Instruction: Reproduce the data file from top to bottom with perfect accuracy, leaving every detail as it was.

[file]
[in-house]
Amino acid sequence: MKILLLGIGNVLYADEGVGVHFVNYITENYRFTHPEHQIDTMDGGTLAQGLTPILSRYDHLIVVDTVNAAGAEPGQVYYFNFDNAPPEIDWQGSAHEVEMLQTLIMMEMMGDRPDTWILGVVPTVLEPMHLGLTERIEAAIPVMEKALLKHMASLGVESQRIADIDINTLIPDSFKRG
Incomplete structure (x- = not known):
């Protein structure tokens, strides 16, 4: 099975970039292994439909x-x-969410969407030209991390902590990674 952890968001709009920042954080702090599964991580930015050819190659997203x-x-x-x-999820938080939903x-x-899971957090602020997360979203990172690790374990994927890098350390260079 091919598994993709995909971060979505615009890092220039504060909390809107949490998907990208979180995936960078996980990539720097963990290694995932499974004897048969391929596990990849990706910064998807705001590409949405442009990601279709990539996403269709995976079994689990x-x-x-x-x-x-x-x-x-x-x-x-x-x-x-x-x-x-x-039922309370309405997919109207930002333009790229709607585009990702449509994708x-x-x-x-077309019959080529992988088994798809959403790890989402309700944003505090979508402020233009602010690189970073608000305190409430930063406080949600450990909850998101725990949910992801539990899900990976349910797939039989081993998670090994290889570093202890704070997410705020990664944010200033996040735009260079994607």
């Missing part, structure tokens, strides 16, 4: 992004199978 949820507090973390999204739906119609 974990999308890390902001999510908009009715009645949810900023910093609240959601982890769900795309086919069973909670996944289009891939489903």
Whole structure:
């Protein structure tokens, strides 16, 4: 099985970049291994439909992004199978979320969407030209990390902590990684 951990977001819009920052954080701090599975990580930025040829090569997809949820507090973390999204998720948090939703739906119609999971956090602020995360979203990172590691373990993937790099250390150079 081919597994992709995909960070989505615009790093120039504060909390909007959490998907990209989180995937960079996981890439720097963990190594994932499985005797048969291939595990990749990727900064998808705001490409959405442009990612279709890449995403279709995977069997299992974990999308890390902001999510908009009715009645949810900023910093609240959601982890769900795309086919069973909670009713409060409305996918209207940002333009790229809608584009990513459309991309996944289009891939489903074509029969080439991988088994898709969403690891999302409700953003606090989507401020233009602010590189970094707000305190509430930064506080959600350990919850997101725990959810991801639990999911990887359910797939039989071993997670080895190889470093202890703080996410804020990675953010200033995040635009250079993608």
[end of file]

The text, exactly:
[in-house]
Amino acid sequence: MKILLLGIGNVLYADEGVGVHFVNYITENYRFTHPEHQIDTMDGGTLAQGLTPILSRYDHLIVVDTVNAAGAEPGQVYYFNFDNAPPEIDWQGSAHEVEMLQTLIMMEMMGDRPDTWILGVVPTVLEPMHLGLTERIEAAIPVMEKALLKHMASLGVESQRIADIDINTLIPDSFKRG
Incomplete structure (x- = not known):
């Protein structure tokens, strides 16, 4: 099975970039292994439909x-x-969410969407030209991390902590990674 952890968001709009920042954080702090599964991580930015050819190659997203x-x-x-x-999820938080939903x-x-899971957090602020997360979203990172690790374990994927890098350390260079 091919598994993709995909971060979505615009890092220039504060909390809107949490998907990208979180995936960078996980990539720097963990290694995932499974004897048969391929596990990849990706910064998807705001590409949405442009990601279709990539996403269709995976079994689990x-x-x-x-x-x-x-x-x-x-x-x-x-x-x-x-x-x-x-039922309370309405997919109207930002333009790229709607585009990702449509994708x-x-x-x-077309019959080529992988088994798809959403790890989402309700944003505090979508402020233009602010690189970073608000305190409430930063406080949600450990909850998101725990949910992801539990899900990976349910797939039989081993998670090994290889570093202890704070997410705020990664944010200033996040735009260079994607």
């Missing part, structure tokens, strides 16, 4: 992004199978 949820507090973390999204739906119609 974990999308890390902001999510908009009715009645949810900023910093609240959601982890769900795309086919069973909670996944289009891939489903």
Whole structure:
């Protein structure tokens, strides 16, 4: 099985970049291994439909992004199978979320969407030209990390902590990684 951990977001819009920052954080701090599975990580930025040829090569997809949820507090973390999204998720948090939703739906119609999971956090602020995360979203990172590691373990993937790099250390150079 081919597994992709995909960070989505615009790093120039504060909390909007959490998907990209989180995937960079996981890439720097963990190594994932499985005797048969291939595990990749990727900064998808705001490409959405442009990612279709890449995403279709995977069997299992974990999308890390902001999510908009009715009645949810900023910093609240959601982890769900795309086919069973909670009713409060409305996918209207940002333009790229809608584009990513459309991309996944289009891939489903074509029969080439991988088994898709969403690891999302409700953003606090989507401020233009602010590189970094707000305190509430930064506080959600350990919850997101725990959810991801639990999911990887359910797939039989071993997670080895190889470093202890703080996410804020990675953010200033995040635009250079993608």